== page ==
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I did my interview early 2020 (March i think) there were 5 in the room in the interview and they asked 4-5 questions and filmed it. All very cordial and far better than expected. One of the interviews had extremely rudimentary Thai and he passed to.

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23 hours ago, Bredbury Blue said:

The lady on the desk though was having none of it. She gave me a right grilling in Thai, when i tried to speak in English she wouldn't permit it. I

Kind of a typical experience with a 'government officer'. They wear their important uniform on a 20k a month salary for life. She probably didnt like the look of you or your wife.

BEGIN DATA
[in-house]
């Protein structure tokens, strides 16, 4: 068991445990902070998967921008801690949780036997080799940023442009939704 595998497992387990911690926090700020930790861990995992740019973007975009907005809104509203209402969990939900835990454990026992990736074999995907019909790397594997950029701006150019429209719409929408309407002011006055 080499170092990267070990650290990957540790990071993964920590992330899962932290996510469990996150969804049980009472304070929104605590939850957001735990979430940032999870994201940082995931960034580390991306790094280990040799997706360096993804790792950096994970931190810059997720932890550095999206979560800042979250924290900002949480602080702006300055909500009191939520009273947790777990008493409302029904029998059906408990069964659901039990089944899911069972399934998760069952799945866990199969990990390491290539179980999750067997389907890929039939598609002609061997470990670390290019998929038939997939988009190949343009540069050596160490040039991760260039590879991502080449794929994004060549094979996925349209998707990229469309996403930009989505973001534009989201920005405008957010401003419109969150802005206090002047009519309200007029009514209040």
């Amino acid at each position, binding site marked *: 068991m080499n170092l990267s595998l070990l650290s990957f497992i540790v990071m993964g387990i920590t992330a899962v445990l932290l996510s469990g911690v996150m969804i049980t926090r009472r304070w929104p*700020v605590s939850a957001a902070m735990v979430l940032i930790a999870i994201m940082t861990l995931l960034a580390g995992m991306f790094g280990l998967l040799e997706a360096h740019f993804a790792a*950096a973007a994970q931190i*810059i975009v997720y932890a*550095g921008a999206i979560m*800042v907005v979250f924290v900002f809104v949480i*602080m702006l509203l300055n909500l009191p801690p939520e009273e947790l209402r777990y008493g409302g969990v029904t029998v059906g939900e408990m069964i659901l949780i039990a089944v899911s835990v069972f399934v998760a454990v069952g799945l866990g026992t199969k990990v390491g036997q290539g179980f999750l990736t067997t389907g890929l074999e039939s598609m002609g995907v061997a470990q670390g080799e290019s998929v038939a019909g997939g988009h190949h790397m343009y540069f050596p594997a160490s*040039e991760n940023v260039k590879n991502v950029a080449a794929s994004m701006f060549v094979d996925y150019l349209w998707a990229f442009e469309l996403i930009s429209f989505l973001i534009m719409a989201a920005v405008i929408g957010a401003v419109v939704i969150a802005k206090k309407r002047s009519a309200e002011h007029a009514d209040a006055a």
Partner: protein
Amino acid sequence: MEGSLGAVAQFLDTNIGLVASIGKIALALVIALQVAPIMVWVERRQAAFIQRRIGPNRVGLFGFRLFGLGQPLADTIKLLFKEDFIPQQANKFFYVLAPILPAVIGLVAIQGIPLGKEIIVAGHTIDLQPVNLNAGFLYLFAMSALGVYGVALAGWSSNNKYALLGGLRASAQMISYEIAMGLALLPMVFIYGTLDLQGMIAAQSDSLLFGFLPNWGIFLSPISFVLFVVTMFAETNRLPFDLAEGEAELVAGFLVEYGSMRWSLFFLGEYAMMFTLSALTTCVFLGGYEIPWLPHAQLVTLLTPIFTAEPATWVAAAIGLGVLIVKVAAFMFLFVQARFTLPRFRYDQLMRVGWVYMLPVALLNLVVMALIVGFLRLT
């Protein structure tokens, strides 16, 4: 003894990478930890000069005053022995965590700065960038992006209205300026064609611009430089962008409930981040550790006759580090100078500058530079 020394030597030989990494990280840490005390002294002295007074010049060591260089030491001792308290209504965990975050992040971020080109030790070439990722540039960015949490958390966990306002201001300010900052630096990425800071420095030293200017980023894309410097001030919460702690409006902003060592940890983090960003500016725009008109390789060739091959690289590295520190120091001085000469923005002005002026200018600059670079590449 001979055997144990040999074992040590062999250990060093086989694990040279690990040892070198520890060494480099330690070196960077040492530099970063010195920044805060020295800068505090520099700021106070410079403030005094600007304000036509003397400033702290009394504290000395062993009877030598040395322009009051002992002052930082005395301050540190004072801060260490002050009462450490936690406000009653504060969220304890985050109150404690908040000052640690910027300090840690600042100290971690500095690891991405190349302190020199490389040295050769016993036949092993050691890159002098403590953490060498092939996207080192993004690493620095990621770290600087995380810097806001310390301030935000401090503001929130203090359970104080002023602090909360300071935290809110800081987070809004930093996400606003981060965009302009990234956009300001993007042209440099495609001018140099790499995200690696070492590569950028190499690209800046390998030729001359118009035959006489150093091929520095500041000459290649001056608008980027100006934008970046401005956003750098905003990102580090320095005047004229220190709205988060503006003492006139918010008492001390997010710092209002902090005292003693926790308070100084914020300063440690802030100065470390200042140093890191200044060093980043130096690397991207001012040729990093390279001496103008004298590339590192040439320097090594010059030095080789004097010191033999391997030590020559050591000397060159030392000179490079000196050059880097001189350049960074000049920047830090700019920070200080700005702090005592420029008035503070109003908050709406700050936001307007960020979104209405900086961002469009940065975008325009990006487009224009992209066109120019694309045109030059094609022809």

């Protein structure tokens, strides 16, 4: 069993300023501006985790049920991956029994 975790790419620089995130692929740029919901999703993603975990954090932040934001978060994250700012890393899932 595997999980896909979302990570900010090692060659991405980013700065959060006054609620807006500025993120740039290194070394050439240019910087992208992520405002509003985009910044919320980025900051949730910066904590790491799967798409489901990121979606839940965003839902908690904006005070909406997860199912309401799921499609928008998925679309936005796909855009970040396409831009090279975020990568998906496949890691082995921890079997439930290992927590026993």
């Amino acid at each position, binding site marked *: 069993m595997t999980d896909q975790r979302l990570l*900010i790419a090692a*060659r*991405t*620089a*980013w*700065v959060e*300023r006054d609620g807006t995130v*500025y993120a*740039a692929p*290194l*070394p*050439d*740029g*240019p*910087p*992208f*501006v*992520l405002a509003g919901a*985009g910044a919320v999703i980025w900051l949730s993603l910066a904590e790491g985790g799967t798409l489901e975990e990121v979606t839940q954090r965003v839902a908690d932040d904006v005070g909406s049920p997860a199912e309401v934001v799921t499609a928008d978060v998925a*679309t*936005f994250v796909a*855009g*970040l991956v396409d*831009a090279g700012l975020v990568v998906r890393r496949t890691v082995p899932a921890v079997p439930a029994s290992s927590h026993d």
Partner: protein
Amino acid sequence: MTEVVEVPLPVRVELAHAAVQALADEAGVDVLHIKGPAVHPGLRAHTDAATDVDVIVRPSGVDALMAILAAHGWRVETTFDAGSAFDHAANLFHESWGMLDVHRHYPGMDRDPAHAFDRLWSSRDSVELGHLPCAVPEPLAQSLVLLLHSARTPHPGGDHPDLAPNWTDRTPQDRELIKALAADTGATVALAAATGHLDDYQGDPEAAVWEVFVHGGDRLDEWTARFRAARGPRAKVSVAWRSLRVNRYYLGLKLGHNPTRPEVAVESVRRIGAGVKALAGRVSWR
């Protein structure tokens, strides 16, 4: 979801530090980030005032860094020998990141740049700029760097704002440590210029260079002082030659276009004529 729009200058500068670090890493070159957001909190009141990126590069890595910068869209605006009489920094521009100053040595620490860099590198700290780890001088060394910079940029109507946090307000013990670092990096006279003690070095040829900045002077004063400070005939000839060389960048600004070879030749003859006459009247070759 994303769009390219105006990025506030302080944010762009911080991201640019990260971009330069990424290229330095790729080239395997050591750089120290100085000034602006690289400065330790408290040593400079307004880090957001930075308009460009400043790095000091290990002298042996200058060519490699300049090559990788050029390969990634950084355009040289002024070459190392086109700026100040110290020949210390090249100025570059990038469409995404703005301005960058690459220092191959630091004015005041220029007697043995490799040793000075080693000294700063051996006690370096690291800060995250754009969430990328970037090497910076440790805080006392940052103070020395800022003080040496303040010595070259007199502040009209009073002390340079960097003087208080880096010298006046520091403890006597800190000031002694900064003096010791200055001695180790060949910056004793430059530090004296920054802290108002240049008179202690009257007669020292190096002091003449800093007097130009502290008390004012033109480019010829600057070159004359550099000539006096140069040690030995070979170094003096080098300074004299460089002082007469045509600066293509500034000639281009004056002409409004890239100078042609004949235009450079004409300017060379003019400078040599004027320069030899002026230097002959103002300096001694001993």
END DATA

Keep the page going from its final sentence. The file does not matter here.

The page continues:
Dont give up. Go to language school for 1 yr and go back and apply. Leave your wife at home. You might get a friendlier 'officer' next time. 

 

I have also been treated quite badly by different govt officers here in my time. Not immigration. There are some real odd balls working in the govt departments. 5 yrs ago my wife had to visit a dept to renew her license for work. The receptionist told her to visit the office down the hall on the left. My wife knocked and wolked in. An old bag behind the desk yelled at her to get out. My wife returned to the receptionist. She said 'oh sorry about her....'  

 

The govt could save a lot of money by sacking 1/3 of the public service officers...

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On 4/6/2021 at 2:26 PM, Bredbury Blue said: